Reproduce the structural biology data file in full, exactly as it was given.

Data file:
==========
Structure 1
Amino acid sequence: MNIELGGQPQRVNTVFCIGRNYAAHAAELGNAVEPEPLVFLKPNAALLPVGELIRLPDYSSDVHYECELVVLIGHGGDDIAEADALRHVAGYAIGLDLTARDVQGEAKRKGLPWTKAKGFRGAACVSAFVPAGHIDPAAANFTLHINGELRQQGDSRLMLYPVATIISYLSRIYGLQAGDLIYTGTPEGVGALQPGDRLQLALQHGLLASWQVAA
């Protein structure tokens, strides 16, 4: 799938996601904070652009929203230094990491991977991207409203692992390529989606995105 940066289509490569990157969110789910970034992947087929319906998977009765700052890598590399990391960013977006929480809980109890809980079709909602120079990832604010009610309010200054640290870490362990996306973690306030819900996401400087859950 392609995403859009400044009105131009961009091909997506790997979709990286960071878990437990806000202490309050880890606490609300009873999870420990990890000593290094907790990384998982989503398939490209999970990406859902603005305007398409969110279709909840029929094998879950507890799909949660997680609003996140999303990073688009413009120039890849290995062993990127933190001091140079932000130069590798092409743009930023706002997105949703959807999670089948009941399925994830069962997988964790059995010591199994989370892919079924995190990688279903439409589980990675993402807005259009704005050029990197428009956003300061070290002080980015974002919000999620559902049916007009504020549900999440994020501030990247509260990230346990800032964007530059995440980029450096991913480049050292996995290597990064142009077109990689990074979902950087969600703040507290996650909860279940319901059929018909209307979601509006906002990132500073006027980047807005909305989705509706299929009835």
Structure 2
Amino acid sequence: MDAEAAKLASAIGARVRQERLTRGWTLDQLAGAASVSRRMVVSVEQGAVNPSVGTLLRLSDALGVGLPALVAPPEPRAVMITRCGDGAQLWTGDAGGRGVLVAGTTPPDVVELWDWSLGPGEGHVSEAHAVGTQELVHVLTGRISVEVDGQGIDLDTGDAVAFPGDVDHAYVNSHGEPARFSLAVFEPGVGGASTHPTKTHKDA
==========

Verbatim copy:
Structure 1
Amino acid sequence: MNIELGGQPQRVNTVFCIGRNYAAHAAELGNAVEPEPLVFLKPNAALLPVGELIRLPDYSSDVHYECELVVLIGHGGDDIAEADALRHVAGYAIGLDLTARDVQGEAKRKGLPWTKAKGFRGAACVSAFVPAGHIDPAAANFTLHINGELRQQGDSRLMLYPVATIISYLSRIYGLQAGDLIYTGTPEGVGALQPGDRLQLALQHGLLASWQVAA
């Protein structure tokens, strides 16, 4: 799938996601904070652009929203230094990491991977991207409203692992390529989606995105 940066289509490569990157969110789910970034992947087929319906998977009765700052890598590399990391960013977006929480809980109890809980079709909602120079990832604010009610309010200054640290870490362990996306973690306030819900996401400087859950 392609995403859009400044009105131009961009091909997506790997979709990286960071878990437990806000202490309050880890606490609300009873999870420990990890000593290094907790990384998982989503398939490209999970990406859902603005305007398409969110279709909840029929094998879950507890799909949660997680609003996140999303990073688009413009120039890849290995062993990127933190001091140079932000130069590798092409743009930023706002997105949703959807999670089948009941399925994830069962997988964790059995010591199994989370892919079924995190990688279903439409589980990675993402807005259009704005050029990197428009956003300061070290002080980015974002919000999620559902049916007009504020549900999440994020501030990247509260990230346990800032964007530059995440980029450096991913480049050292996995290597990064142009077109990689990074979902950087969600703040507290996650909860279940319901059929018909209307979601509006906002990132500073006027980047807005909305989705509706299929009835």
Structure 2
Amino acid sequence: MDAEAAKLASAIGARVRQERLTRGWTLDQLAGAASVSRRMVVSVEQGAVNPSVGTLLRLSDALGVGLPALVAPPEPRAVMITRCGDGAQLWTGDAGGRGVLVAGTTPPDVVELWDWSLGPGEGHVSEAHAVGTQELVHVLTGRISVEVDGQGIDLDTGDAVAFPGDVDHAYVNSHGEPARFSLAVFEPGVGGASTHPTKTHKDA